June 23, 2007

"Equality Itself"

That's the title of a stirring editorial in the Montpelier (VT) Times-Argus:

Democracy does not provide crisp, clean victories on issues involving clashing values and shifting attitudes. Real and lasting change does not come with the stroke of a pen.

The struggle for gay marriage has been under way for decades now, and only in recent years have public attitudes undergone the kind of transformation that would allow an elected legislature to side with their gay and lesbian constituents and their supporters seeking equal marriage rights.

Even the terms of the debate have shifted. Gay marriage is the common term for the goal of freedom-to-marry advocates. But advocates for gay marriage insist they don't want gay marriage — a special category of marriage for gay people. They want marriage. Over time it has become more widely understood that what the advocates of gay marriage are talking about is marriage equality or freedom to marry.

Massachusetts Gov. Deval Patrick put the issue in a larger context on Thursday. "Today's vote is not just a vote for marriage equality," he said. "It was a vote for equality itself."

In Massachusetts, as in Vermont, supporters of marriage equality gained ground when they put a human face on their cause. Gay and lesbian residents told stories about the relationships that mattered to them, about family, loyalty, commitment. When confronted with the human reality of gay relationships, it happens again and again that fear recedes.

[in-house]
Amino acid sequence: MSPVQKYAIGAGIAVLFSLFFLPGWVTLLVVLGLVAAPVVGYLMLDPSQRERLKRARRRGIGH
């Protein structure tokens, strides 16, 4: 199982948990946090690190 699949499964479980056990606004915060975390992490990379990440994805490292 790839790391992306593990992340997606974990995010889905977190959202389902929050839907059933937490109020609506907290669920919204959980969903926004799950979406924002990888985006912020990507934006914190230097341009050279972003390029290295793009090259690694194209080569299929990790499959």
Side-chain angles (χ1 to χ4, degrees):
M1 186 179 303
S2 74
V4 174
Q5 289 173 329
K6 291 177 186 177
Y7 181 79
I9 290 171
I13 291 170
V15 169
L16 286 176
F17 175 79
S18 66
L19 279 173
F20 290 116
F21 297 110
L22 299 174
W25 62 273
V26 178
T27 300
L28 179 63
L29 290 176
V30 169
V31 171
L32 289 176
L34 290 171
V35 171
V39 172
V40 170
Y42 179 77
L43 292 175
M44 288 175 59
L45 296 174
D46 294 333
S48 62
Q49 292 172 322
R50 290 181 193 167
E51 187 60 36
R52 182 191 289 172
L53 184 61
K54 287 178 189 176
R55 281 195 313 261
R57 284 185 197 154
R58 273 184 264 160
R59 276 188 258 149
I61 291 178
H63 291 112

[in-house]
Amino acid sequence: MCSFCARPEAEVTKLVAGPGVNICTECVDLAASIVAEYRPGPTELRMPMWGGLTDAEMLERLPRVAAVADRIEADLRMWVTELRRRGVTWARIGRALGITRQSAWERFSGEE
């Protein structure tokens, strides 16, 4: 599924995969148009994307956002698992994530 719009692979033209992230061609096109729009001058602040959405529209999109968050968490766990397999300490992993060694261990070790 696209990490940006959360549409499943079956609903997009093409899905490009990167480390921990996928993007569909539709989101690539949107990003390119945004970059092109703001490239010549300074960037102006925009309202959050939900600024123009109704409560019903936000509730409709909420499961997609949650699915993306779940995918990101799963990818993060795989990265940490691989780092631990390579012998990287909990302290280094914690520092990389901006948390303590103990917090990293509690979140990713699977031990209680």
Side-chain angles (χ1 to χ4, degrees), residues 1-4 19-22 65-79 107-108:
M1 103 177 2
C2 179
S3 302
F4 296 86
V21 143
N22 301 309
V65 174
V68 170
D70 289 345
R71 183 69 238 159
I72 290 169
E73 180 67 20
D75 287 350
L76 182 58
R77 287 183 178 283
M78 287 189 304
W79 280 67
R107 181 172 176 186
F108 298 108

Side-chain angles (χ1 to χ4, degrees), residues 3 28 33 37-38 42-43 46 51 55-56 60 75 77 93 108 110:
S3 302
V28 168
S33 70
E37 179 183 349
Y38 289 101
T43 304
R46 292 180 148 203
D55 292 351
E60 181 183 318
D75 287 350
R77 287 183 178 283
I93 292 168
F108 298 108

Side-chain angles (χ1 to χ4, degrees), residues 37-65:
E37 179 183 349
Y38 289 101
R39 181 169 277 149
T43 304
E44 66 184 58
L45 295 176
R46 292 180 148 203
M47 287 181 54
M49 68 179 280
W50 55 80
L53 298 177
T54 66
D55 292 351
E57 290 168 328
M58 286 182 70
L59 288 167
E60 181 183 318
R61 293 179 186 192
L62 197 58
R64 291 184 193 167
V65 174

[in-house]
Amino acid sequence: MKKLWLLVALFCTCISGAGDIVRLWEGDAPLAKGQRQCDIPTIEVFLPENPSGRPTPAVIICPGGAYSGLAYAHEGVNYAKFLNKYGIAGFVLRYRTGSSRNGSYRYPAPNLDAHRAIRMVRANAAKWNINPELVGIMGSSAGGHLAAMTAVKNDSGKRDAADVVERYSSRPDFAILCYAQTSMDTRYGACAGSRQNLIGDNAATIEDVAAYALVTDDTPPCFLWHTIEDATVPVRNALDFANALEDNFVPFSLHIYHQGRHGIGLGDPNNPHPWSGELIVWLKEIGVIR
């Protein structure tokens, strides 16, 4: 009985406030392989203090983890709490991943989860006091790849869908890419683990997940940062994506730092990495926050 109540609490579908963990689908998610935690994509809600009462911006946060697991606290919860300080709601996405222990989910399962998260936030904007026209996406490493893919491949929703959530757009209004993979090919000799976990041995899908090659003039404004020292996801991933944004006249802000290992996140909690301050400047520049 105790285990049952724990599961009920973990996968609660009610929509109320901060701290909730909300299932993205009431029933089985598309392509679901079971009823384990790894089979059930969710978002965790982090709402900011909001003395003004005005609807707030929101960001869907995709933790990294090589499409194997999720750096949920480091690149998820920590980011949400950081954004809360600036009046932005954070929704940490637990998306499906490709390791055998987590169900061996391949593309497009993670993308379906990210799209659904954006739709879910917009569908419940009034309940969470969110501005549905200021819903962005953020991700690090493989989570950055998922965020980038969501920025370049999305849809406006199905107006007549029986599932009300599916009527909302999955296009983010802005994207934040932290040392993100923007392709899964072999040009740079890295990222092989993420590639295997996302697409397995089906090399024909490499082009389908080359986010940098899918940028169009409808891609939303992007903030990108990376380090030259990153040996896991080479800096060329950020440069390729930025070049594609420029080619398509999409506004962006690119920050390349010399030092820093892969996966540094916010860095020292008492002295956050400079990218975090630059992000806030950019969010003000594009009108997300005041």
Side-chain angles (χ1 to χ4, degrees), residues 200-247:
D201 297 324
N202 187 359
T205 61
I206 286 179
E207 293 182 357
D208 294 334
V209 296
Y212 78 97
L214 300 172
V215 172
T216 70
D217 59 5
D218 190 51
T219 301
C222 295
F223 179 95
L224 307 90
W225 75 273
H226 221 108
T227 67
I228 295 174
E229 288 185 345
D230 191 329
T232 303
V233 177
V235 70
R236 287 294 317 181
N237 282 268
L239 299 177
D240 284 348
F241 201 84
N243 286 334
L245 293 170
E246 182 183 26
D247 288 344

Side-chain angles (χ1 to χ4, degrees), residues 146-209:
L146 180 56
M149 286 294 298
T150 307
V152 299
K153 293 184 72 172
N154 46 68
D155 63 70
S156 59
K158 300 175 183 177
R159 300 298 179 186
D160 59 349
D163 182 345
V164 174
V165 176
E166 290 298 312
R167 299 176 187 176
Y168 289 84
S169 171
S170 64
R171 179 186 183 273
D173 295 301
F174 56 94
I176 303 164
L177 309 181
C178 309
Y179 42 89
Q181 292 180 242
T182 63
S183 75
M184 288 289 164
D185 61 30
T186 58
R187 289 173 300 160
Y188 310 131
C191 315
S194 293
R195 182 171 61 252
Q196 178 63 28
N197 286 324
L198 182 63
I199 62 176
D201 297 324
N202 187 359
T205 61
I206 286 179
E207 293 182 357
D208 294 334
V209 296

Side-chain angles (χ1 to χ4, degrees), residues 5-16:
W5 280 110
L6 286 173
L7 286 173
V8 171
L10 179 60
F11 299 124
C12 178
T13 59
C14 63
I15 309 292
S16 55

There is always fear. But the shadow fear casts has diminished as Massachusetts gave us a victory on Thursday for equality itself.

I want to elaborate on the point about putting a human face on the cause. Legislators and advocates can rail about all of the horrible things that will happen to society of two people of the same gender are allowed to marry, but I believe most people have a much harder time saying that to their face. After all, isn't that human nature; it's a lot harder to say or do something that will inflict pain on someone when you know them, when they're live, flesh and blood people.

That's why it is so important for people to put themselves out there, tell their stories, and put a human face on issues of discrimination.

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